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The oldest Qur'an and a slight correction

Reader comment on item: Britain's Encounter with Islamic Law
in response to reader comment: Mansoor - oldest "Bibles"

Submitted by dhimmi no more (United States), Apr 13, 2008 at 09:37

I forgot to mention that the Muslim masorites during the process of editing the Quranic text, the dots (nuqat) were added to the rasm so one can read the letters that have similar morphology and example here would be the letters beh (B), teh (T), Theh (Th) and without such dots you really cannot read the rasm

Without the efforts of the masorites we would not have been able to read the Qur'an and I suspect that at times the masorites did not even get it and an example here would be the name IBRHM or Abraham where in modern Arabic we would write as: 'IBRaaHiiM where the aa is a long alif that does not exist in the rasm and the ii following the heh is the letter yeh that also does exist in the rasm but without the two dots under the slope of the letter. Now notice that if you also add a long alif after the heh instead of the yeh we will have: 'IBRaaHaam or Ibraham (notice that the letter yeh and the letter alif maksora have similar morphology and in the old texts the alif maksora was used as an alif in the middle of a word). So one can very much argue that the Quranic name must have been Ibraham and not Ibrahim.

But like any thing else in this opaque revelation we will never know

So you can see that the text of the Qur'an did not drop from the sky and it must have taken up to 300 years to have a fixed text that can be read.

Now if we turn to Hoyland survey (Hoyland collected all the extant literary sources about early Islam be it papyri, coins, epigraphy etc... between 632CE when Muhammad died and 750CE or the end of the dynasty of the Umayyads) you will not find a copy of the Qur'an and the truth is there was no Qur'an before 750CE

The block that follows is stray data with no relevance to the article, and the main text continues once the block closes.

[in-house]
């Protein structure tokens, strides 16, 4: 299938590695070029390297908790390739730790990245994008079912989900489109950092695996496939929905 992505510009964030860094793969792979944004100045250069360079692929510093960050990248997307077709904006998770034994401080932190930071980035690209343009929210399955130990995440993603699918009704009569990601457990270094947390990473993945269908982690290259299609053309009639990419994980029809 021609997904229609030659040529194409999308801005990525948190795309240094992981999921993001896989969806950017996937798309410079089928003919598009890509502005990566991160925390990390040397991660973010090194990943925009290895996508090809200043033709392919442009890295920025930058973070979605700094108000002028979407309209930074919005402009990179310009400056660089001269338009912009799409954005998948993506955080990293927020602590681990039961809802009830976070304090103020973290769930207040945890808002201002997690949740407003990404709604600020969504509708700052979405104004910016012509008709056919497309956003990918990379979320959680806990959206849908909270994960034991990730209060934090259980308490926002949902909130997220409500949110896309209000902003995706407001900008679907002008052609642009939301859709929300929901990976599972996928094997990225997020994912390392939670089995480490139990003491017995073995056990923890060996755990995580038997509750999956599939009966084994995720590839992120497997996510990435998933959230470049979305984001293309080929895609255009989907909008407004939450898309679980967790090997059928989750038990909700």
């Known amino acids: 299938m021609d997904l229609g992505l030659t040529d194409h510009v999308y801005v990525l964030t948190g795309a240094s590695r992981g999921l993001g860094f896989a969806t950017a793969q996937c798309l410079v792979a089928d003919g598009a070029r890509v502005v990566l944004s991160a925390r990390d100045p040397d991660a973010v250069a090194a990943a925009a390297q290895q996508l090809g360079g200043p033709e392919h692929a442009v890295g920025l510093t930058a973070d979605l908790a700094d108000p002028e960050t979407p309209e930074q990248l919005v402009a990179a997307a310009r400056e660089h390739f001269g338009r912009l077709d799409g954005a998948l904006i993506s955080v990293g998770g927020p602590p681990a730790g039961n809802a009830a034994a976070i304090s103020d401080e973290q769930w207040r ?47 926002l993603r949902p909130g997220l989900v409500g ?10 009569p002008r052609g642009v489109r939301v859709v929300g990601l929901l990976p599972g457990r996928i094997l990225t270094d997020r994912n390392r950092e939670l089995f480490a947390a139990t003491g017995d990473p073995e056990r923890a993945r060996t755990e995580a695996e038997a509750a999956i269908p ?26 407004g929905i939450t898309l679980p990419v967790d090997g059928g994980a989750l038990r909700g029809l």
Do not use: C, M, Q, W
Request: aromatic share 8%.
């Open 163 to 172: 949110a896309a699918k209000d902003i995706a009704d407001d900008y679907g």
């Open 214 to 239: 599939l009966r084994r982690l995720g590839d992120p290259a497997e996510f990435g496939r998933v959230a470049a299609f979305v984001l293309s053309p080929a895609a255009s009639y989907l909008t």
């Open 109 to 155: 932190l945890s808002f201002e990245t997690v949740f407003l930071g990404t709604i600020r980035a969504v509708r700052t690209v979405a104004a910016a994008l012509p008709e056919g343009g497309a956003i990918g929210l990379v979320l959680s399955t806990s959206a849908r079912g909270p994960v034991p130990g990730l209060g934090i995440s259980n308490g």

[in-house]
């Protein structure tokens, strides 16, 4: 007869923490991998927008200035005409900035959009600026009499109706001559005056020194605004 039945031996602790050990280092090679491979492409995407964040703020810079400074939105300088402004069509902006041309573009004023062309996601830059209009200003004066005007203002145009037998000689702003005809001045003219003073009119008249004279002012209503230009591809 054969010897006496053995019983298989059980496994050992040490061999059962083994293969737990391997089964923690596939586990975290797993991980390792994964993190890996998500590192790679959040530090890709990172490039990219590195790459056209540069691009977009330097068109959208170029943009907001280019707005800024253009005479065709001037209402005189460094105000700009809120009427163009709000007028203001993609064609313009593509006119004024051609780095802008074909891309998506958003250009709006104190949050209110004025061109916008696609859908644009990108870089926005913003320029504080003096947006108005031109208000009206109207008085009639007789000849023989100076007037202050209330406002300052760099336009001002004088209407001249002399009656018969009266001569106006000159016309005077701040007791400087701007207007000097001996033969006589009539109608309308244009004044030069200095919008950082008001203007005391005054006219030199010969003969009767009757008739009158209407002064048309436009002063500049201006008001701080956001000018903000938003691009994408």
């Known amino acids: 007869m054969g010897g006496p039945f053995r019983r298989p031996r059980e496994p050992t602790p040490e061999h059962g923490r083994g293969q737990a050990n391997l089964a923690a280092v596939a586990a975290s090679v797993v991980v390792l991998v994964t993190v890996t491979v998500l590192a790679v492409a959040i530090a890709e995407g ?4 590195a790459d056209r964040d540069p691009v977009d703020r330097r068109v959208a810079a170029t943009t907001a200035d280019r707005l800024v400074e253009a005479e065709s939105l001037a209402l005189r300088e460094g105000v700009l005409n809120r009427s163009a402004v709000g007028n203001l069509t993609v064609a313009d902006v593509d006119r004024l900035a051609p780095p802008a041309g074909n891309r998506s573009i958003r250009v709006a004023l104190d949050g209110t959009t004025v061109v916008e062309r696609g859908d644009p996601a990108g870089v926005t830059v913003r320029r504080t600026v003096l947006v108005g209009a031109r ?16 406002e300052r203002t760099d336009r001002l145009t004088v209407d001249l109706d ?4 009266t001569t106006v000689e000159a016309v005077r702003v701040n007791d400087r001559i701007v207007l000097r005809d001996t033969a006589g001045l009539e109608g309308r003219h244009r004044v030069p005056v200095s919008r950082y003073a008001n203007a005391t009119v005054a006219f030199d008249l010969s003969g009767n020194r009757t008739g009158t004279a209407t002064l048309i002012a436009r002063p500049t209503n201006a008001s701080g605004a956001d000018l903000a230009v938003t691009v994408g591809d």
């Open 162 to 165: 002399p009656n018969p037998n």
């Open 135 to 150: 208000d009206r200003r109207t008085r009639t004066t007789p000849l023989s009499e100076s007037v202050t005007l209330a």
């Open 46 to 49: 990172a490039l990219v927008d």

If you turn to Christian and Syriac sources we do not hear about the Qur'an before the late 8th century and you know that the sources are not talking about a text but about the Muslim law which is surat al-baqara.

Patricia Crone wrote that: "Religions do nto spring fully fledged from the heads of prophets, old civilizations are not conjured away." Which means that the concept of al-jahiliya or that islam was indeed historical discontinuity as porposed by the Islamic historical tradition to explain the rise of Islam must be dismissed and in actual fact evidence we have support Crone's above claim. In 632CE when Muhammad died there was no Quranic text, or books of Islamic law, or collections of the syaing of Muhammad and even the Arabic language was very defective (see chancery papyri by the Umayyads) and it took lots of work by the great grammarians to stabilize the Arabic alphabet, morphology, garmmar and syntax and this is why Wansbrough's arguments that the Qur'an could not have been canonized and became stable before the 3rd century makes lots of sense

As for the Topkapi and the Tashkent (sp?) and the Mushaf in the Hussein's mosque in Cairo non of them seem to date before the early 9th century and all of them are written in Kufic which is the rasm that lacks the dots, and the short vowels and long vowels and the hamza and the shadda and the sukun and where the morphology of Arabic letters was still not stable which makes me wonder that indeed when you read Tabari's great work on the Muslim masora you realize that a similar text existed and he was sorting out what this opaque revelation and strange text was really saying

Mansoor? I'm afraid to say that if this is what they teach them in Pakistan then his education is uncritial and poor. It just makes you wonder how can he comment on the Qur'an a book that he cannot read in Arabic?

As for the Bible are you aware that exant fragments of the NT from the early second century were found in Oxyrhynchus in Upper Egypt? And yes this does not mean that a complete copy existed that early but also it does not mean that there was no such copy either

Submitting....

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